WalletHub named Portland best foodie city in the U.S.  WalletHub’s criterion is a little different—they’re looking for where you can get the best food on a tight budget. The things they look at include the cost of groceries to the affordability and accessibility of high-quality food products. Some of the rankings that boosted Portland’s score included the number of craft breweries and wineries per capita (Portland came in second behind Santa Rosa, Ca), the number of coffee shops (third place behind New York City and San Francisco but in front of Seattle), and coming in fifth in terms of diversity, accessibility and quality. Where Portland took a hit in the analysis was coming in as the city with the highest average beer and wine prices.

SmartAsset named Portland best coffee city in the U.S. This personal finance tech company gave Portland its top honors in its third annual survey last year. Influential factors included average Yelp ratings for coffee shops and the overall number of coffee shops and roasters. At the time of the survey, they counted 20 dedicated roasters within the Portland city limits (think Heart, Sterling, Coava and Nossa Familia).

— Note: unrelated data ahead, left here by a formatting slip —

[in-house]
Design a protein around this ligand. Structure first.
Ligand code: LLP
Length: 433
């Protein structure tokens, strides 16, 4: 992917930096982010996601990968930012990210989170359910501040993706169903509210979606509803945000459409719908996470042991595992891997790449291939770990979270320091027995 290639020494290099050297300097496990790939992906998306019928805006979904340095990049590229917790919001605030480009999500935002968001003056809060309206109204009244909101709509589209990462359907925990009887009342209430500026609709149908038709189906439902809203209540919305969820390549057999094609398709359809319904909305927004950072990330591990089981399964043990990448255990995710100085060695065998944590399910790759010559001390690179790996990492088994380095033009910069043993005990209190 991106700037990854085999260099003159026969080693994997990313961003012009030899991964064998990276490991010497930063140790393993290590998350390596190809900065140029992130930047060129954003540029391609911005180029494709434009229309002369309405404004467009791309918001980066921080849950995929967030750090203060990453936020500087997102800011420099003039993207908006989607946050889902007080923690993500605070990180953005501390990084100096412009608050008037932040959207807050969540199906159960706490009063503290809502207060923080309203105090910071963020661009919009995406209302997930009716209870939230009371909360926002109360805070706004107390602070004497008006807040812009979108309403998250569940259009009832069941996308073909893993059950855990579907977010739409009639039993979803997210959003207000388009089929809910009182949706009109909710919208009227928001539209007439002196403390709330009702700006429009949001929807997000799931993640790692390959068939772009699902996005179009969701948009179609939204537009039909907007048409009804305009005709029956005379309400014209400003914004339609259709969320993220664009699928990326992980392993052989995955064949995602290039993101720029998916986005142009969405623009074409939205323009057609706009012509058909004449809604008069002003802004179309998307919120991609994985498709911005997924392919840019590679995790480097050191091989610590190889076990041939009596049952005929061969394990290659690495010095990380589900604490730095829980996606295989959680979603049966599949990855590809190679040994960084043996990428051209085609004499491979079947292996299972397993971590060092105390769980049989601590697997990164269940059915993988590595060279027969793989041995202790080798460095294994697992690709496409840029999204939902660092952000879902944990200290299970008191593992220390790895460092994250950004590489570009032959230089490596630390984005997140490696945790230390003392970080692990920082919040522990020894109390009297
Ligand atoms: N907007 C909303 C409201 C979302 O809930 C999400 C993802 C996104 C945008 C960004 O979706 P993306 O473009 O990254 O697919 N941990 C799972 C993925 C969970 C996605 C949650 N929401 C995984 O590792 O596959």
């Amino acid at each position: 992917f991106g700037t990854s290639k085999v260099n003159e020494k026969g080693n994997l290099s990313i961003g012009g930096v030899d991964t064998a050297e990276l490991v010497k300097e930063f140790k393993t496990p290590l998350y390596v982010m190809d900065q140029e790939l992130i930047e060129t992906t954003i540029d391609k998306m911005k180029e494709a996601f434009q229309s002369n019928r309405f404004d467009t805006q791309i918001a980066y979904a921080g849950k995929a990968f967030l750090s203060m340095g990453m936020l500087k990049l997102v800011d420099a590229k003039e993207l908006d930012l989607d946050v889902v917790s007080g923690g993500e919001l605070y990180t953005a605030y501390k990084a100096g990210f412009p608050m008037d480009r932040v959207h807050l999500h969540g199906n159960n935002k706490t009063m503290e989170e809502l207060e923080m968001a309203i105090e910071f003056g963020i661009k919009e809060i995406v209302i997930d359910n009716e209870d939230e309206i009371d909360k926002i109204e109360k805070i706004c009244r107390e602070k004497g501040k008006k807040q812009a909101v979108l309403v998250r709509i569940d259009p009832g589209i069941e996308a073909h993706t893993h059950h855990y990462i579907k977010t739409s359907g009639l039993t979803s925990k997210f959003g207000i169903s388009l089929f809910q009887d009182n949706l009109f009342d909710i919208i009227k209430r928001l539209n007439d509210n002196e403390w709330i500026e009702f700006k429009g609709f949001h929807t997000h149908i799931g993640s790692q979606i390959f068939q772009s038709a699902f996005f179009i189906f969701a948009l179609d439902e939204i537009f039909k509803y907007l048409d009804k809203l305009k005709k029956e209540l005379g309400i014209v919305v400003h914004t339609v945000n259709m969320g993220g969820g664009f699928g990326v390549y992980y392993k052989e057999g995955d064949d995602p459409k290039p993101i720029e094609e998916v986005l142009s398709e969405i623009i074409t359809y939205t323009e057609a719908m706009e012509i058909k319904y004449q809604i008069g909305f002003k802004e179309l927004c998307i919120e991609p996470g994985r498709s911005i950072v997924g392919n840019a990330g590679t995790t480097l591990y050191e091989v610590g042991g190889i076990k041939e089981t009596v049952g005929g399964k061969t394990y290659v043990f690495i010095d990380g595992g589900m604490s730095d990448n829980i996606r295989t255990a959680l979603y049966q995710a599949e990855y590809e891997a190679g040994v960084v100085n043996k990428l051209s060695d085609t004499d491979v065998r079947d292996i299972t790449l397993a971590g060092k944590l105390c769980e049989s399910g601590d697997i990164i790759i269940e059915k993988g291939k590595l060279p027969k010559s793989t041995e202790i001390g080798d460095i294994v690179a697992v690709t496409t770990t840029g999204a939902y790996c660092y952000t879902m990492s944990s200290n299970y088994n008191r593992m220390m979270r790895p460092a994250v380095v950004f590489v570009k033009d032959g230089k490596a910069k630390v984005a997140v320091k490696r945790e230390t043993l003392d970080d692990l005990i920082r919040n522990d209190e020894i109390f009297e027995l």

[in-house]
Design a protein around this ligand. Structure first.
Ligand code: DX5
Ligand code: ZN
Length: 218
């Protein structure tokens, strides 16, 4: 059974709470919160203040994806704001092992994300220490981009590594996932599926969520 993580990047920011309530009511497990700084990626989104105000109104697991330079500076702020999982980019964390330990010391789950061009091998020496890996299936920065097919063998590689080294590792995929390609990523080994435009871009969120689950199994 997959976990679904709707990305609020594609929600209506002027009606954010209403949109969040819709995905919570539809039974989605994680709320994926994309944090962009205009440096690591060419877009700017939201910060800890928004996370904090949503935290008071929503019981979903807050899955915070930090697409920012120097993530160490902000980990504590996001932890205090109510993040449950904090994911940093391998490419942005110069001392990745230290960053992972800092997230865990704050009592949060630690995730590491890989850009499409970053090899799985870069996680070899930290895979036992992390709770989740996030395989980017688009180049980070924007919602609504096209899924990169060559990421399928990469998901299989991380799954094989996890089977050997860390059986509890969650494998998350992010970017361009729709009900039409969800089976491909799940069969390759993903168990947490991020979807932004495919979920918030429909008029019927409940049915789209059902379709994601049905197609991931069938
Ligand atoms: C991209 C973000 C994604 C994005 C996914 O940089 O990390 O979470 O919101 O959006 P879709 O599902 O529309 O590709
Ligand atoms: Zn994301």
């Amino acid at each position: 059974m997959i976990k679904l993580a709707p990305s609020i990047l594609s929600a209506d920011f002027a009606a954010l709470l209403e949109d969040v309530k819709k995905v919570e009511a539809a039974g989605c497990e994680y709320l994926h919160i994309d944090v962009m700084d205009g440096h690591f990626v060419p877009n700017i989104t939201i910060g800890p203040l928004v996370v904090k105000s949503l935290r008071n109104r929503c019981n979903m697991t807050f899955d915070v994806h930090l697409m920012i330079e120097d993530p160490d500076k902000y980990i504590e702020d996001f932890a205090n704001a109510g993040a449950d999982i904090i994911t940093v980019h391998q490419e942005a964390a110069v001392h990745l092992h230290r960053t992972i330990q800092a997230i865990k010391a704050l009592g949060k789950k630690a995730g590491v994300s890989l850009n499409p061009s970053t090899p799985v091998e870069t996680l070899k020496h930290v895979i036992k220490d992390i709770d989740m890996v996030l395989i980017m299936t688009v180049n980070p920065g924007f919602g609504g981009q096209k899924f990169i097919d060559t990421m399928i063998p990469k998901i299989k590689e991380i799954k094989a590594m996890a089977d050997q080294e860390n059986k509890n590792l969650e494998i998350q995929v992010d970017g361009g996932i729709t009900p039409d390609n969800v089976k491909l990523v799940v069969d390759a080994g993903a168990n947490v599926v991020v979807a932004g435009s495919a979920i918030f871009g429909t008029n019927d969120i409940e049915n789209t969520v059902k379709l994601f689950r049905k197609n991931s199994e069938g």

The Daily Meal listed Portland as the home of the World’s Best Ice Cream Parlour. That honor goes to Salt & Straw, which just this past year staked a location in Lake Oswego. Part of its notoriety relies on its imaginative flavors which have been known to incorporate jaw-dropping ingredients into their frozen concoctions, most notably chocolate covered crickets and pig’s blood as part of last October’s Spooktacular Series. Known for sourcing local ingredients, Portlanders found Hibiscus with Rosé Lemon Curd as an April flavor featuring pinot noir rosé from Sokol Blosser Winery while the San Francisco menu incorporated green tea buds from the local Red Blossom Tea Company into its Jasmine Blossom Milk Tea and Chocolate flavor. Honorable mention also goes to #13 on the world’s best list: Portland’s Cool Moon Ice Cream.